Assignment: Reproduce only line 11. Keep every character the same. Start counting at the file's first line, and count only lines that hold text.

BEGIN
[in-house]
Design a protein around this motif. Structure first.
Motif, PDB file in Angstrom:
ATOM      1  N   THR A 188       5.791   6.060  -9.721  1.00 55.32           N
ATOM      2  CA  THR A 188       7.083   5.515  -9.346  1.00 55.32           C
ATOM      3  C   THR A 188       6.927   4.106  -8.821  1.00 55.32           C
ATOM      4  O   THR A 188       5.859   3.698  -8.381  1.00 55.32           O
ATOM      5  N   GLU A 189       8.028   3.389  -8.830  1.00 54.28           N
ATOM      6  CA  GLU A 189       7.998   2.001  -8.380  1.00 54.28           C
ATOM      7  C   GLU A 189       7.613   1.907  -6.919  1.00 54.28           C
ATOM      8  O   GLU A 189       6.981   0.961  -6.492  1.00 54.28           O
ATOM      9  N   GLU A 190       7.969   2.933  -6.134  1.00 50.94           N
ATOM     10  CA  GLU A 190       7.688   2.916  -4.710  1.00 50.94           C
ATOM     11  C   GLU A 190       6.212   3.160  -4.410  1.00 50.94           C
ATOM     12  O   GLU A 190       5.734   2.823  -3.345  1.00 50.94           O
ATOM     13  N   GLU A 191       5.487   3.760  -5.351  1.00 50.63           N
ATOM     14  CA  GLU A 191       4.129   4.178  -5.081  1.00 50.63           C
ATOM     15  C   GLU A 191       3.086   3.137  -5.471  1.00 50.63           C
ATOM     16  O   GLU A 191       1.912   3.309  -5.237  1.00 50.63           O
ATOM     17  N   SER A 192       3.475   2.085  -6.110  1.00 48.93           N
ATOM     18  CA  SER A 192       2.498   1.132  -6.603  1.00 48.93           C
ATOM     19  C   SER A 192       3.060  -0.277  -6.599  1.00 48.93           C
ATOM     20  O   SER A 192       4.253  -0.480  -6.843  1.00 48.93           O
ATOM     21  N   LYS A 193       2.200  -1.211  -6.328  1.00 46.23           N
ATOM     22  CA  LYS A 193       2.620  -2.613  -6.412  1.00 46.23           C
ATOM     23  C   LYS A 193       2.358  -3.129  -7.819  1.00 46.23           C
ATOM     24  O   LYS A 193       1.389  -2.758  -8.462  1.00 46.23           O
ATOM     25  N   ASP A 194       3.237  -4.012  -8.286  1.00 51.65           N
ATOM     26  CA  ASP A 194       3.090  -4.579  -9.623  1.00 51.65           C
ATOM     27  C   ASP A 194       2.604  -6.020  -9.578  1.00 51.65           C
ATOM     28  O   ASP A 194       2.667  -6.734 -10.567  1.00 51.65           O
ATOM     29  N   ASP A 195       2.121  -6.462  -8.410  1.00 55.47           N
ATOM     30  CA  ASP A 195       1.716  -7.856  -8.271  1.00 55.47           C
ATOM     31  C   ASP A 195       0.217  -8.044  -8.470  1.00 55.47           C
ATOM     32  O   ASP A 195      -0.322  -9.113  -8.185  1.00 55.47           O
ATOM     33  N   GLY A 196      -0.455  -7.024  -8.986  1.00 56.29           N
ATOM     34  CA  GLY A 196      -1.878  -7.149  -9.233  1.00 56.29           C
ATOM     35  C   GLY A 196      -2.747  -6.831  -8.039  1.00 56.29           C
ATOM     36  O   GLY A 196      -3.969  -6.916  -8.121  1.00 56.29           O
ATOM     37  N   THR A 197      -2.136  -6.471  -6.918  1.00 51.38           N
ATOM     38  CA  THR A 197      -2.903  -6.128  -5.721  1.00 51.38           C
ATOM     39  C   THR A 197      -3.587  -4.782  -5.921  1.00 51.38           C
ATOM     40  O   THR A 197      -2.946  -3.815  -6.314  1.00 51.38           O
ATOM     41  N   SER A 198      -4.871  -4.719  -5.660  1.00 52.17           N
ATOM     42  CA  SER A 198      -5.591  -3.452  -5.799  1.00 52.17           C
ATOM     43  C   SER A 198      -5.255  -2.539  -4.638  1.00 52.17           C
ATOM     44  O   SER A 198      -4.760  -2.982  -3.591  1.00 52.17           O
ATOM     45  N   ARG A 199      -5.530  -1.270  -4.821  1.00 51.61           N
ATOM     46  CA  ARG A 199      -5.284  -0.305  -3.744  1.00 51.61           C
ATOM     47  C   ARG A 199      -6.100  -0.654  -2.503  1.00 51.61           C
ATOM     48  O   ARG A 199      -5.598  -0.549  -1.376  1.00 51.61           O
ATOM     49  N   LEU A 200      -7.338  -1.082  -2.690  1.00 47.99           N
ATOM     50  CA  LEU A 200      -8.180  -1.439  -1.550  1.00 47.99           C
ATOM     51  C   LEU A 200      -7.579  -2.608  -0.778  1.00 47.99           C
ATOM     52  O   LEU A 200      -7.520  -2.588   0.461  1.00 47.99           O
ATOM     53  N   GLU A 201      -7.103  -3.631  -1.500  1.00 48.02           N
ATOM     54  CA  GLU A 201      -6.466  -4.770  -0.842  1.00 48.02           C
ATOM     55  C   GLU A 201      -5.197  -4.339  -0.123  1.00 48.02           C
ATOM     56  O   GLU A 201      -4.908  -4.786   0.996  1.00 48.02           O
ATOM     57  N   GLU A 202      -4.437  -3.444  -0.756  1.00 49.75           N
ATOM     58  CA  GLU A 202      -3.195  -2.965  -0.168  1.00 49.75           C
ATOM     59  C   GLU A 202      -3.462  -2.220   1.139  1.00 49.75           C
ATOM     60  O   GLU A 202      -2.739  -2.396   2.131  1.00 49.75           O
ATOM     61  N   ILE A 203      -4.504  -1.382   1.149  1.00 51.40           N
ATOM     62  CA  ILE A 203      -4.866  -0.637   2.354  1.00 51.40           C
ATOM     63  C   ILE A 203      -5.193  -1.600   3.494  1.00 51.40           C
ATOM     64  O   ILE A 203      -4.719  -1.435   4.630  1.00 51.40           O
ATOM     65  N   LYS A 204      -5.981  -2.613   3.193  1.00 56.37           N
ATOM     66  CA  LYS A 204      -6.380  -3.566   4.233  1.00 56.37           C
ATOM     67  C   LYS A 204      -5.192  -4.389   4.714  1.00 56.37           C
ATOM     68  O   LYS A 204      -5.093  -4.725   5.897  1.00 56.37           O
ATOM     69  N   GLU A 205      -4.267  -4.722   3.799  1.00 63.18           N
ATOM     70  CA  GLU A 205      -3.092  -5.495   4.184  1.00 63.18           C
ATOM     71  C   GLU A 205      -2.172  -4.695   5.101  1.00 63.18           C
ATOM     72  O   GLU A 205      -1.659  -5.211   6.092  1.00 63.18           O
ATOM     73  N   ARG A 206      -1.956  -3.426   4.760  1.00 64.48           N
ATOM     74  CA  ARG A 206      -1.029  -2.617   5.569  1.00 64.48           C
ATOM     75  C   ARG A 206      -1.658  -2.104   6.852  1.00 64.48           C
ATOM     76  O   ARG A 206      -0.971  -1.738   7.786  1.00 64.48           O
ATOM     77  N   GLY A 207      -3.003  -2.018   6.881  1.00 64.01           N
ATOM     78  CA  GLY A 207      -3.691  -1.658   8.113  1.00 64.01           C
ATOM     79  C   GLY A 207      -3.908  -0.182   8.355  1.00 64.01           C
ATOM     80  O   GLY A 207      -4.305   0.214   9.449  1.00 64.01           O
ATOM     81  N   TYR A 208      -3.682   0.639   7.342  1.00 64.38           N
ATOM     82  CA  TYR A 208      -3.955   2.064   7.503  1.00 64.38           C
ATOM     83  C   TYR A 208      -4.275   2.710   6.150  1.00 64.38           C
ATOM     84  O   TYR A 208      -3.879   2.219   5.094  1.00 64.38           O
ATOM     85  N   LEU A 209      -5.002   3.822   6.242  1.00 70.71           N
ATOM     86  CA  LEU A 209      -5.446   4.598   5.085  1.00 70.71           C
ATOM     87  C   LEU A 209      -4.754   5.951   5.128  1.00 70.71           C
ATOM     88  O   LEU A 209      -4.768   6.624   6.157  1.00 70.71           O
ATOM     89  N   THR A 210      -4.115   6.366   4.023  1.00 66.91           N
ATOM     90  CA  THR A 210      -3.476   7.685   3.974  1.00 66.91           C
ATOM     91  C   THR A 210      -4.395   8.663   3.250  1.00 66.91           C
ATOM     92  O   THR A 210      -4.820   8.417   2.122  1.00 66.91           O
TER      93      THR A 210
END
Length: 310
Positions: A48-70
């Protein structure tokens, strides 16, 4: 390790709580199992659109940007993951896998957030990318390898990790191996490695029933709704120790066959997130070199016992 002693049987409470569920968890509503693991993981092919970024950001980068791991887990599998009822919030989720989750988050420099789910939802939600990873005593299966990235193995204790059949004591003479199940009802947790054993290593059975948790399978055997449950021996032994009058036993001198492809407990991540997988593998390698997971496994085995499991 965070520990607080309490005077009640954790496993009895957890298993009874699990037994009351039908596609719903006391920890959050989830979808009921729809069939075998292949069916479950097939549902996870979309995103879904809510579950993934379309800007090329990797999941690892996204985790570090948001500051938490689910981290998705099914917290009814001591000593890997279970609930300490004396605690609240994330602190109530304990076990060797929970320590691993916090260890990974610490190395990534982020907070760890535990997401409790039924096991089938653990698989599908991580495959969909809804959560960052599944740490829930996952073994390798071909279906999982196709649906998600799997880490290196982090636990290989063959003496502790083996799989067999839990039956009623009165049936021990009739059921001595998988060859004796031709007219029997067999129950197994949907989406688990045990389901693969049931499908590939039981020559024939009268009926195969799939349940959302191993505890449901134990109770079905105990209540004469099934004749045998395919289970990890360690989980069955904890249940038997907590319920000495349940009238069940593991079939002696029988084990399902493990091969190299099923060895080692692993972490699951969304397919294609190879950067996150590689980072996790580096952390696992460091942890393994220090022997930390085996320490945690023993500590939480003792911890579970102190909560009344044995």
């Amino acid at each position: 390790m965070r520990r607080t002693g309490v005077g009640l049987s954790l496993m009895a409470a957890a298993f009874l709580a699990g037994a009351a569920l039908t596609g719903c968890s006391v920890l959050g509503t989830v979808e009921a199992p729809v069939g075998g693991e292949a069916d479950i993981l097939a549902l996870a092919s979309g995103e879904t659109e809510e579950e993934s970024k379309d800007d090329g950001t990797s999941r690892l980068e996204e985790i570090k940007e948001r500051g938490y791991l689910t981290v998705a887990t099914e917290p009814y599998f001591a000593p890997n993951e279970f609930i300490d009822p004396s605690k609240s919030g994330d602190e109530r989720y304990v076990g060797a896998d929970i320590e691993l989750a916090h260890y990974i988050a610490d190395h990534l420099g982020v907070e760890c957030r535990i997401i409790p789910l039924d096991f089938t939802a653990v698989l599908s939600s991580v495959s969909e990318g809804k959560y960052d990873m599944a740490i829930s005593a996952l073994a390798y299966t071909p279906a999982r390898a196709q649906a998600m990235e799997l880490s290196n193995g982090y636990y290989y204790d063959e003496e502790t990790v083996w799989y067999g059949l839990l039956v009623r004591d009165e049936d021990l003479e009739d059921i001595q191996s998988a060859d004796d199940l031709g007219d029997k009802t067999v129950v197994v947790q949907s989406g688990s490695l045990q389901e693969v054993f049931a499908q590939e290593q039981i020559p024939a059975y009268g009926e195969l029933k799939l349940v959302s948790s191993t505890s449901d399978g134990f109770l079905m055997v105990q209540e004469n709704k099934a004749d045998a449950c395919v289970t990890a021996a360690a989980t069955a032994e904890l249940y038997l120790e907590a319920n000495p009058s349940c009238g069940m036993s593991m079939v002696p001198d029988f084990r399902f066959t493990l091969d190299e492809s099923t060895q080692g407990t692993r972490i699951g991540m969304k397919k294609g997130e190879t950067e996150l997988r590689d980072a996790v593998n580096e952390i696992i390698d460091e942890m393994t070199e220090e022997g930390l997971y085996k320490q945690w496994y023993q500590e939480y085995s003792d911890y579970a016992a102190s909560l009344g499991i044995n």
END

ATOM      8  O   GLU A 189       6.981   0.961  -6.492  1.00 54.28           O